Washington, D.C. - The U.S. Department of Commerce today released data on U.S. international trade in goods and services through May 2009. The report indicated that the U.S. goods and services trade deficit fell to $26 billion in May, its lowest level in a decade. Exports of goods and services rose by 1.6% from April to May, however, for the first 5 months of 2009 remain nearly 19% lower than in the corresponding period of 2008. This decline reflects reduced demand in foreign markets for U.S. products, due to the global recession. The decline in U.S. imports, at over 28% for this year's first five months, was even greater than the drop in exports. The import decrease reflects both recession in the U.S. economy and sharply lower petroleum import prices so far this year, compared to last. The goods and services trade deficit through May 2009, on a balance-of-payments basis, has been cut slightly more than in half, compared to the first 5 months of 2008.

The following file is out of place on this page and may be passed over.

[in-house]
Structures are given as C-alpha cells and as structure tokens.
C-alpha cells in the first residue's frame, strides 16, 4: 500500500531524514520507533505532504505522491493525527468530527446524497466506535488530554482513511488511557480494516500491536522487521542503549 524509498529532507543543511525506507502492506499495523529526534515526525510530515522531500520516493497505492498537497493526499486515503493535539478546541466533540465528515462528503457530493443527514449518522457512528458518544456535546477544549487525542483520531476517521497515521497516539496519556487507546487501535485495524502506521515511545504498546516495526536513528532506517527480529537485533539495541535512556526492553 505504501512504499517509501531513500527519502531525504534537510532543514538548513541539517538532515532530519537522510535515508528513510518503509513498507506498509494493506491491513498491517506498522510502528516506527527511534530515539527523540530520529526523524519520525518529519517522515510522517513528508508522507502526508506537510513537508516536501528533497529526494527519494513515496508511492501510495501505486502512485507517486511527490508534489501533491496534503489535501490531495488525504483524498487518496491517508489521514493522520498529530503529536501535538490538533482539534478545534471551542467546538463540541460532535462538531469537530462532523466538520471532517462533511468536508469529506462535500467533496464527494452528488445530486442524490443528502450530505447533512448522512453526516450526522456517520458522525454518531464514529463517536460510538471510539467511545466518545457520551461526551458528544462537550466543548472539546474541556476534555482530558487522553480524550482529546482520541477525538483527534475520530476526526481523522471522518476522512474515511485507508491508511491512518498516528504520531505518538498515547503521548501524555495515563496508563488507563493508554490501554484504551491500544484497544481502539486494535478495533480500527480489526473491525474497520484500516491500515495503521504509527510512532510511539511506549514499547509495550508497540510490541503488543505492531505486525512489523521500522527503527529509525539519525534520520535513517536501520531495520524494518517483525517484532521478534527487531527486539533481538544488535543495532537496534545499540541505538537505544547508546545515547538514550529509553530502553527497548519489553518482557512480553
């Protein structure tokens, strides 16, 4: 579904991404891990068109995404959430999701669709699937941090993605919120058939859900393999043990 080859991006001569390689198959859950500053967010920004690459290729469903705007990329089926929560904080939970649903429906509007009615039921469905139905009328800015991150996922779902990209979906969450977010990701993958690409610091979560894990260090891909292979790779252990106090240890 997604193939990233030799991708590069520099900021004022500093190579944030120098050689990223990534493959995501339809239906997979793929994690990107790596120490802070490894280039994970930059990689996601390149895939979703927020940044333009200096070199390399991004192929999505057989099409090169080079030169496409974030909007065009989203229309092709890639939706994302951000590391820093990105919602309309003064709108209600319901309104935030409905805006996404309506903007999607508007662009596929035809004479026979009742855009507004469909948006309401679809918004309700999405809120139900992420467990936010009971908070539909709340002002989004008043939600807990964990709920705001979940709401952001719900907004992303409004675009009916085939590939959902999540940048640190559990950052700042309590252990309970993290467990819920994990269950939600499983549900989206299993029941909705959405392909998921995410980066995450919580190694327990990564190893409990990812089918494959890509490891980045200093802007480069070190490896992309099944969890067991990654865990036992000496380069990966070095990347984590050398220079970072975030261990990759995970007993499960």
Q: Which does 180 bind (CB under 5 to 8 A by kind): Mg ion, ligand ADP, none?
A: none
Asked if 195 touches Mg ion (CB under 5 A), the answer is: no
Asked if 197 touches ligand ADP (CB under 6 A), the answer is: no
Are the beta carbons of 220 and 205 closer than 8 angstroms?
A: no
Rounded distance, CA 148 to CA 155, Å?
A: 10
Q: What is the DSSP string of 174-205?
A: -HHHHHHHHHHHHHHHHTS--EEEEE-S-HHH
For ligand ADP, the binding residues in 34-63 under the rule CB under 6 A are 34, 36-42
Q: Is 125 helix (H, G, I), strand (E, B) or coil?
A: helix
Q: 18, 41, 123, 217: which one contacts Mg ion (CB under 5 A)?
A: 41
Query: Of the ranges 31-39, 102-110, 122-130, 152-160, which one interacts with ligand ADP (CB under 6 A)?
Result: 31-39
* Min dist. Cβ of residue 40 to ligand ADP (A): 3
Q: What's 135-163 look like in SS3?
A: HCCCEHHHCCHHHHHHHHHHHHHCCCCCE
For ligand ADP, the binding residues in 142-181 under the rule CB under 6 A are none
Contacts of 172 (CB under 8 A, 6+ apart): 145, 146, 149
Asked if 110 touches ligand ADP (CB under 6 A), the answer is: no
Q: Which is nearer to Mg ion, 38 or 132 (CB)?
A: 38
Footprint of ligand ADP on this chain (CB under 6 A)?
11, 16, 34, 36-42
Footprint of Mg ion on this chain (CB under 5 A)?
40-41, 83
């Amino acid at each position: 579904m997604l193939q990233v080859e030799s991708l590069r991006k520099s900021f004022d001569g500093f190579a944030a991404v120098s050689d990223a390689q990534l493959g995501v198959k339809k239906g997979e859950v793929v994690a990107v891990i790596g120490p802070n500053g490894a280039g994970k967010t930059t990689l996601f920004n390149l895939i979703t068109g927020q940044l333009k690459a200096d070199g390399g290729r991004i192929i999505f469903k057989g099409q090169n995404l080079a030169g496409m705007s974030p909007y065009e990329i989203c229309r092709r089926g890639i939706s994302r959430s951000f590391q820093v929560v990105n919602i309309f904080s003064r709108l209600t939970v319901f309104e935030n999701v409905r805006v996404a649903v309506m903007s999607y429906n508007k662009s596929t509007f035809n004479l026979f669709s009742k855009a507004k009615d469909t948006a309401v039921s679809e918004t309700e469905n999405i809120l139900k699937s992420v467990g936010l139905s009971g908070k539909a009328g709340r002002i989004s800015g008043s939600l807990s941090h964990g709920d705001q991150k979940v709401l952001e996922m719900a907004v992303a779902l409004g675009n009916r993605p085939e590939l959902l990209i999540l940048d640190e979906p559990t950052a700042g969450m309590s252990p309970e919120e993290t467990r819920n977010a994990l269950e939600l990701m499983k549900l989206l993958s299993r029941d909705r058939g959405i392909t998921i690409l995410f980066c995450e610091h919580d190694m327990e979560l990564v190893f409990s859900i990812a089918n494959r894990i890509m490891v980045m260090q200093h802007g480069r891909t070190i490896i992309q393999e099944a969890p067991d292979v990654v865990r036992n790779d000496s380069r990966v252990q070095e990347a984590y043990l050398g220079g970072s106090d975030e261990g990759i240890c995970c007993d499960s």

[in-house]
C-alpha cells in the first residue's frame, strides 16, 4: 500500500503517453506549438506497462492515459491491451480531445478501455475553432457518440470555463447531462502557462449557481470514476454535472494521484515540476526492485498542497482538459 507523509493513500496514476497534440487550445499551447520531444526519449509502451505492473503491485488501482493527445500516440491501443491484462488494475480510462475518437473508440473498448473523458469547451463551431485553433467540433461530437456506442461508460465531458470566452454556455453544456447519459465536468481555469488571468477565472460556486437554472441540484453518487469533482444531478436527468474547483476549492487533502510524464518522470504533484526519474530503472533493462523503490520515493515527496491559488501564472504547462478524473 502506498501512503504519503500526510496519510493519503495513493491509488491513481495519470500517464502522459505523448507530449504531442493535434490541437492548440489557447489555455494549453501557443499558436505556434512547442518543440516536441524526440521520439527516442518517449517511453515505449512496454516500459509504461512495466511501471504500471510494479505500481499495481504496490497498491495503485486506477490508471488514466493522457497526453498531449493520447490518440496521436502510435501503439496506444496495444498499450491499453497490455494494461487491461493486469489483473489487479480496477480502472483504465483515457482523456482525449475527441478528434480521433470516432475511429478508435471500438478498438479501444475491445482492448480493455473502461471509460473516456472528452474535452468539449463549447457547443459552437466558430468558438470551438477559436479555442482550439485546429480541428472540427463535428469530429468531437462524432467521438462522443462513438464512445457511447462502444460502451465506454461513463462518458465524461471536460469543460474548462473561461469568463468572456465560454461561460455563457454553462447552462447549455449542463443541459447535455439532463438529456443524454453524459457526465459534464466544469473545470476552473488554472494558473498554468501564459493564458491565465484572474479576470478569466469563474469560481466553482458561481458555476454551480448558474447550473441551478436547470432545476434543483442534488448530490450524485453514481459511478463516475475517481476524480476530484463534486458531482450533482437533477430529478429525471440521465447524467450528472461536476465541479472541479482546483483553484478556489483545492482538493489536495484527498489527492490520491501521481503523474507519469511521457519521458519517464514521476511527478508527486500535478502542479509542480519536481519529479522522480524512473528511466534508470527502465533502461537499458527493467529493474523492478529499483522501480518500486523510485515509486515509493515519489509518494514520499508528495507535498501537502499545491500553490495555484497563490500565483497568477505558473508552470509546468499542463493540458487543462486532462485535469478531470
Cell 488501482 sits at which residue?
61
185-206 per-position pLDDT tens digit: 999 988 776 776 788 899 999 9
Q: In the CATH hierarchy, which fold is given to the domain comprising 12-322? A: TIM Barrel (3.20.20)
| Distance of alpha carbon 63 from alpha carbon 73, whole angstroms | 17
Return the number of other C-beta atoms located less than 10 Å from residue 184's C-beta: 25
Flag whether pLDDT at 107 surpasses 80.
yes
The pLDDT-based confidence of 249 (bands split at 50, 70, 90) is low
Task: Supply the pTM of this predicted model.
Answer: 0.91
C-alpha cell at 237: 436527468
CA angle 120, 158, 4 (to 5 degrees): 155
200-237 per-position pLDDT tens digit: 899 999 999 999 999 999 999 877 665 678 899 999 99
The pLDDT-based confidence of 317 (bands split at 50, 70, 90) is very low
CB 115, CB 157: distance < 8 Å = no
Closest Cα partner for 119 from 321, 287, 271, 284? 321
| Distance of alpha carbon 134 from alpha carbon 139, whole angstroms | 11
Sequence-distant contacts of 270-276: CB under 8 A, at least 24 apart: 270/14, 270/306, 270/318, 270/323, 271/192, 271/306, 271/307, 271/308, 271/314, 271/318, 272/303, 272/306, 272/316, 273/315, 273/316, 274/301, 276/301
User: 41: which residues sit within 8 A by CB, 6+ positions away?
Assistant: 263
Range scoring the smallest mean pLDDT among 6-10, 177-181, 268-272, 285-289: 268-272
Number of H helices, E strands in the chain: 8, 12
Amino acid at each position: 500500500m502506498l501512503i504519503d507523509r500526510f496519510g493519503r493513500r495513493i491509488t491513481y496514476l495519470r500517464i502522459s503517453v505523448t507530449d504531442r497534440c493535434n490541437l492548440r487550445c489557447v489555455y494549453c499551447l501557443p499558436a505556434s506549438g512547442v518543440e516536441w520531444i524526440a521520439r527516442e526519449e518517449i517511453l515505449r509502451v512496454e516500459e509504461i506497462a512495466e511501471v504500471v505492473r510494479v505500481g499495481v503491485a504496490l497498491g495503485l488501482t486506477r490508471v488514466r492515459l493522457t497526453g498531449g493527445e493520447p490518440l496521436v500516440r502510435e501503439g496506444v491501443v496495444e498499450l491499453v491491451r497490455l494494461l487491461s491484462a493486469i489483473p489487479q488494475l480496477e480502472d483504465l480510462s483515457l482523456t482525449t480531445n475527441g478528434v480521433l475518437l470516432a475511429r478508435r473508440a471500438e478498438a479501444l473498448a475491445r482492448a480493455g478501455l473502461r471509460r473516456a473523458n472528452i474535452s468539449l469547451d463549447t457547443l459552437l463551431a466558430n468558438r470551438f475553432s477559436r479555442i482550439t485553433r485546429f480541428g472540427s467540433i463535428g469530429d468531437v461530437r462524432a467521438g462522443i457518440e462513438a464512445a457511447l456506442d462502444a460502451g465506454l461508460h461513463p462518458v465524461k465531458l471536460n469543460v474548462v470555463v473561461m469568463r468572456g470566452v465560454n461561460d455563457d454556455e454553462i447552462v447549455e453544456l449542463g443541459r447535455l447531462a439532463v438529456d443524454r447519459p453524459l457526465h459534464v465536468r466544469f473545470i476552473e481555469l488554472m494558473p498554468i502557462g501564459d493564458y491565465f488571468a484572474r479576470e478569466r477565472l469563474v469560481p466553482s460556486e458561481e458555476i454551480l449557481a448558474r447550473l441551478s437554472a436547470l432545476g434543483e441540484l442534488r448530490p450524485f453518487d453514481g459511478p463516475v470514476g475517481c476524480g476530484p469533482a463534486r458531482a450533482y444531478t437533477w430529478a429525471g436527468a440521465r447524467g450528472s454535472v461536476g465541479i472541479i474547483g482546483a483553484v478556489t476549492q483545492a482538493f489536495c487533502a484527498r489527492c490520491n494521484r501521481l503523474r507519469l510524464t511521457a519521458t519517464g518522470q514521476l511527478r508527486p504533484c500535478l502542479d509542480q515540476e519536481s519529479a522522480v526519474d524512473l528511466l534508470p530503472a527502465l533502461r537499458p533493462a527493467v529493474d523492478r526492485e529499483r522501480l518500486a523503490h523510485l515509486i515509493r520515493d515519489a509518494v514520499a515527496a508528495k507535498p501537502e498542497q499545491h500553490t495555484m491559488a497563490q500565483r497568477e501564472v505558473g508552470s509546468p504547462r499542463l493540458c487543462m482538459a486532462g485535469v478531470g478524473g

United States Trade Representative Ron Kirk issued the following statement on today's report:
"In the midst of financial uncertainty, it is critical that we increase exports of American goods and services to the world, which would help create more jobs for the American people.
"At this week's G8 Summit, President Obama and fellow world leaders have reaffirmed their commitment to keep global trade flowing and to reject protectionist policies.
"Under President Obama's leadership, USTR is working to open new markets to American goods and services, and to ensure that our trading partners play by the rules. We will also work to fulfill President Obama's commitment to reach a successful conclusion of the Doha Development Agenda."